(training examples). The neural network extracts the information present in the training set (learns from the
examples given). In this situation, it is said that the network is taught (trained). In the working phase – or the
reference phase – the network shall use the information acquired during the training phase to treat situations of
the same nature as the information contained in the training set.
(5) Neural network models no longer require a deterministic algorithm to be provided in order to
solve a problem. The training only requires a consistent set of examples, together with a rule for modifying the
interneural weighting. For each example, the training rule compared the desired exit (given by the example) to
the real exit of the network and determined a modification of the weightings, in accordance with a given
strategy. Usually, weight determination is an iterative process.
(6) The capacity of neural networks to resolve complex practical problems by using a (sometimes
small) set of examples gives them an extremely wide range of applicability. Their spectrum of application
ranges from character recognition systems (used to sort out the post), signature recognition systems (used
in the banking system) and speech recognition systems, to automatic pilot and (real time) systems used to
control complex processes. This spectrum is being permanently extended and it is considered that, at least
in the near future, the connectionist paradigm will continue to raise the interest of researchers in the field
of artificial intelligence.
(7) An example of results obtained by training the network shown in Figure 4.8 can be seen in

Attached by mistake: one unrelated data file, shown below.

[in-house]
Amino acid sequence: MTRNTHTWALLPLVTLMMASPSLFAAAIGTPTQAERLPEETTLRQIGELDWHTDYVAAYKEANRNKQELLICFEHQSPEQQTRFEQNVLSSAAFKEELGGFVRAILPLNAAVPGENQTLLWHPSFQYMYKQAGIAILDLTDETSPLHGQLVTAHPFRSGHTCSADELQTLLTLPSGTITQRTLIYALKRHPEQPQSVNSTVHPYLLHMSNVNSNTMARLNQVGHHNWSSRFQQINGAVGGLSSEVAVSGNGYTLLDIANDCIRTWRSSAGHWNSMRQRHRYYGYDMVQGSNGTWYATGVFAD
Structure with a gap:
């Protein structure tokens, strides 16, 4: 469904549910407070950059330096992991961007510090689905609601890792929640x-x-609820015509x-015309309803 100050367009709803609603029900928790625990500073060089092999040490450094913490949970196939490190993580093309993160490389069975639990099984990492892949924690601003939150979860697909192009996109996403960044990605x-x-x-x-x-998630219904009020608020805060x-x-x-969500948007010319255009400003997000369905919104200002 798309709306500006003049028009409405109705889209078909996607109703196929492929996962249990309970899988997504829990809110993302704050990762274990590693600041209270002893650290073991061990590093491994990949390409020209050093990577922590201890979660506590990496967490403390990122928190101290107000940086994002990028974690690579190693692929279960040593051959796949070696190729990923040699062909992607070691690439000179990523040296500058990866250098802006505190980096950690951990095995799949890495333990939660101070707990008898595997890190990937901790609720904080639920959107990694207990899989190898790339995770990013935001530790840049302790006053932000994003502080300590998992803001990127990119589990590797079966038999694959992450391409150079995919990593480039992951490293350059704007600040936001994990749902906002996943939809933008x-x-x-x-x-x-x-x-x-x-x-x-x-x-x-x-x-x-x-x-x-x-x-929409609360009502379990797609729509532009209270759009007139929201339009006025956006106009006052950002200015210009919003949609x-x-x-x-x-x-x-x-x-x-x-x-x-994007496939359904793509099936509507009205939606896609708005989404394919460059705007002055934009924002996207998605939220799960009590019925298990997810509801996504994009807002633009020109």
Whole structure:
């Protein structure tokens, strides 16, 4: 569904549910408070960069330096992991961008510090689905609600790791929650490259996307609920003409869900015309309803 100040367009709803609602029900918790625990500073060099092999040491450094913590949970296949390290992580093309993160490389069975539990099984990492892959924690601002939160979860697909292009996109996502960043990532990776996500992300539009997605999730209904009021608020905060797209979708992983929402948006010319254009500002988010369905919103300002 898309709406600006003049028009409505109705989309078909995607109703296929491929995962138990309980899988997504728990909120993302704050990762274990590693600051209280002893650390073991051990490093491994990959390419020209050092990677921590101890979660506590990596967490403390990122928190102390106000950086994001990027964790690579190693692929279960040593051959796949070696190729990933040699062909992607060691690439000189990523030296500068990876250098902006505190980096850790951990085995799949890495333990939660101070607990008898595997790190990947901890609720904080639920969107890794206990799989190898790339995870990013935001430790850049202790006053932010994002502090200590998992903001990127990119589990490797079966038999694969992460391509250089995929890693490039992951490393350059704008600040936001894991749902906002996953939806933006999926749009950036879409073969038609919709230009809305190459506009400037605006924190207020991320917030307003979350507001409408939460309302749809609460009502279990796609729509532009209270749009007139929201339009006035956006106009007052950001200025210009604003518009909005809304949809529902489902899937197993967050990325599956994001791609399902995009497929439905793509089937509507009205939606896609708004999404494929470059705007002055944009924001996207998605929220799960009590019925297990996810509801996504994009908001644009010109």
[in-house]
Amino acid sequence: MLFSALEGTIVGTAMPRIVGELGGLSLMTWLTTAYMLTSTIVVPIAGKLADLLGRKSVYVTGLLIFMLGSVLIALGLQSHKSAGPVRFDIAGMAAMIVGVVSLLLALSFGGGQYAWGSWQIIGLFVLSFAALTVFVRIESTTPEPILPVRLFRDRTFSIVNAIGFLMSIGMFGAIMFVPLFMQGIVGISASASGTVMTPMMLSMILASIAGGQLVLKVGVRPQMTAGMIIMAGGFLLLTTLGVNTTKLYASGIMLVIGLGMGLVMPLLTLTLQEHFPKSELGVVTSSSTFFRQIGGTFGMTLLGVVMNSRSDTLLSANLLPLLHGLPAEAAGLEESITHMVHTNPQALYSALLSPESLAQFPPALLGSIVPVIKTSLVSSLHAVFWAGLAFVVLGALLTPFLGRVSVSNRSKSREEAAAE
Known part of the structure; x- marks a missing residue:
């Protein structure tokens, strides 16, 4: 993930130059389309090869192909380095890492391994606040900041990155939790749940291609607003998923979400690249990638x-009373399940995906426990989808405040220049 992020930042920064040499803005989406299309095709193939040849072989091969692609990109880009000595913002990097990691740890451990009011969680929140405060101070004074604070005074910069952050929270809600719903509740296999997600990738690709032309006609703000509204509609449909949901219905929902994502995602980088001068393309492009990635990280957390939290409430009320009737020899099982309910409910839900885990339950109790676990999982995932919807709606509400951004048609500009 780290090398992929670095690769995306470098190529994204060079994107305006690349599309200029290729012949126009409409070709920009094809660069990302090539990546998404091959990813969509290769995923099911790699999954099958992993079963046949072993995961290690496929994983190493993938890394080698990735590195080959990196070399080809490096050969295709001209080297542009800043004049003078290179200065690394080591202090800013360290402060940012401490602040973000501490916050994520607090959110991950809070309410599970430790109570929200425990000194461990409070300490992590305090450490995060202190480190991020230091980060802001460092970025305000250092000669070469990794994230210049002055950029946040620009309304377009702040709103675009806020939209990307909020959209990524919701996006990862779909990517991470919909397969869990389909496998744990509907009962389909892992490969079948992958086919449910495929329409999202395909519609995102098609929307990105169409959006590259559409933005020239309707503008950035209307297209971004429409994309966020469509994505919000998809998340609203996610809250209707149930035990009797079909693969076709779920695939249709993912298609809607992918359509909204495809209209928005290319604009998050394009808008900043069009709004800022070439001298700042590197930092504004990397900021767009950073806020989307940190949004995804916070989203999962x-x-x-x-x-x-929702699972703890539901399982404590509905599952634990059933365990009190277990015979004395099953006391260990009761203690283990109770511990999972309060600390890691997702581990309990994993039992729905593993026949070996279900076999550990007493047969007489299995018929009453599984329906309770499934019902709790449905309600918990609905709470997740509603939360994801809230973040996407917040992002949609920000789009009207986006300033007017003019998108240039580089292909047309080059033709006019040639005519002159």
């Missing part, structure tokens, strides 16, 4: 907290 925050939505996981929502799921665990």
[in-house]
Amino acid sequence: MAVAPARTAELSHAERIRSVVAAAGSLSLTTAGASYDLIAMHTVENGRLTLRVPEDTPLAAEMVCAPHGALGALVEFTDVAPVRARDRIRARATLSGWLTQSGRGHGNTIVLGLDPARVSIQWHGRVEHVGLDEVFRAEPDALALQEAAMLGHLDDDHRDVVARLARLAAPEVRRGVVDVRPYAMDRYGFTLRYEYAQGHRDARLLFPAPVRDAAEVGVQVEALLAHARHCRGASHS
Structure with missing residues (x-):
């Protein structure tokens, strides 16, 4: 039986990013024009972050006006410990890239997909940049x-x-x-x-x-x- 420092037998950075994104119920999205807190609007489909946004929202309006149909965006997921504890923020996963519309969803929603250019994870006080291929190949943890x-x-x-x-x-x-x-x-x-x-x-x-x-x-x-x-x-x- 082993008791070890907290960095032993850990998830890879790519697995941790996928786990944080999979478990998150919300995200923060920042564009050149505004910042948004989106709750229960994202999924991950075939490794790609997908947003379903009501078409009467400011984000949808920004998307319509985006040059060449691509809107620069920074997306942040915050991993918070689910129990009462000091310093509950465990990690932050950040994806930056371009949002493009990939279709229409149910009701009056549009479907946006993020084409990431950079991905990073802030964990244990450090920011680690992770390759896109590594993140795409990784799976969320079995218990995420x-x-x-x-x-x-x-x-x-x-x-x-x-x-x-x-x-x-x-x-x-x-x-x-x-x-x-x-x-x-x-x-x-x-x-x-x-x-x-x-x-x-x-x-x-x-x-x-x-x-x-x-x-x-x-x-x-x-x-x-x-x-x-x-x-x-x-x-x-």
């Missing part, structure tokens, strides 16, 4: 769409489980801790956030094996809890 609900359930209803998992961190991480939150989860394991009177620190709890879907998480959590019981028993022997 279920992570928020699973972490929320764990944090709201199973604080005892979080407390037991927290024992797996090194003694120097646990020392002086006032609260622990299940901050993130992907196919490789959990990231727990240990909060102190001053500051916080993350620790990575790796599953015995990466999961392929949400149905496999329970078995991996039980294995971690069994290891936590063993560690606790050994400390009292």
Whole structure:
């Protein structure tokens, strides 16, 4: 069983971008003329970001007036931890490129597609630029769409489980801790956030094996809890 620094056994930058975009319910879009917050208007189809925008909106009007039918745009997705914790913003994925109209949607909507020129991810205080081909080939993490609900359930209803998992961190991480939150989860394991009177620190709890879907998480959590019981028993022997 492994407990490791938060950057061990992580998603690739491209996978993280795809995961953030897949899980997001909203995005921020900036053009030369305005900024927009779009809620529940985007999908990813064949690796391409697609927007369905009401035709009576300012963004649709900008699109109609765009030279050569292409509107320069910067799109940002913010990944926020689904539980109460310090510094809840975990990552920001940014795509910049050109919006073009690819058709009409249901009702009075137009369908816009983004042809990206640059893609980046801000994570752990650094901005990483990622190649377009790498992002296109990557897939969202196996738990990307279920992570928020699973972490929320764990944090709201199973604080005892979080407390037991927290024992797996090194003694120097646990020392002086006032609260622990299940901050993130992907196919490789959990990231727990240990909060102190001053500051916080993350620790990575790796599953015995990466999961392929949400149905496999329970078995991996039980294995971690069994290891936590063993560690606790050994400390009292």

Figure 4.9, which presents the influence of the reservoir levels and time on the water levels inside a
piezometric bore hole (F11) located on the right bank of Motru dam. It can be noted that, for the same
reservoir level, the water level inside the bore hole has dropped over time by approximately 0.50 m.
INPUT NODES OUTPUT NODE
NODE 1 – DATE NODE 1 – PIEZOMETRIC LEVEL
NODE 2 – UPSTREAM LEVEL Output 1
Input Node 2
May/1990 Jan/1993 Oct/1995 Jul/1998 Apr/2001
Input Node 1
Fig. 4.9 Diagram of influence of the reservoir levels and time on the water levels inside a piezometric
bore hole (F11) located on the right bank of Motru dam.
(8) In the monitoring of hydraulic structures, neural networks belong to the category of “black
box” models, since both the entries and the exits are known, but ignoring the intrinsic algorithm of the
neural network is generally preferred. This algorithm could be deducted from the mathematical
development of the network, but is ignored due to the low physical relevance of the mathematical formula.
4.5 Other models
(1) From amongst other statistical models that are described in the specialist literature, the
following can be mentioned: statistical lag model; statistical model with precipitation integration;
statistical model with air temperature integration; Gresz-Szalavari autoregressive statistical model;
statistical models of the discrete time series (AR, MA, ARMA, ARIMA).
(2) Hybrid models are combinations between two of the types of models described above - most
frequently between a deterministic model and a statistical model.
5. INFORMATION FLOW
(1) The dam behaviour monitoring activity must be organised in accordance with the normative
documents in force (Law No 10/1995 regarding quality in construction, Government Emergency
Ordinance No 244/2000 on dam safety, Government Decision No 766/1997 for the approval of certain
regulations regarding safety in construction), as well as the specific technical regulations in force
regarding the behaviour of structures over time and tracking the behaviour of hydraulic structures.
Analysis of the behaviour of hydraulic structures shall be carried out at several levels of competence:
(dam)- local level, territorial division-(hydrotechnical system, water branches, hydroelectric power plant
branch, etc.), central division and national level. Each level of analysis has its specific importance and
(2) In this information flow, fulfilling the UCC tasks at local level is essential for the good
operation of the entire system. Local UCC managers must immediately inform their direct supervisor
about any behavioural anomaly found, so that immediate measures can be taken to return the structure to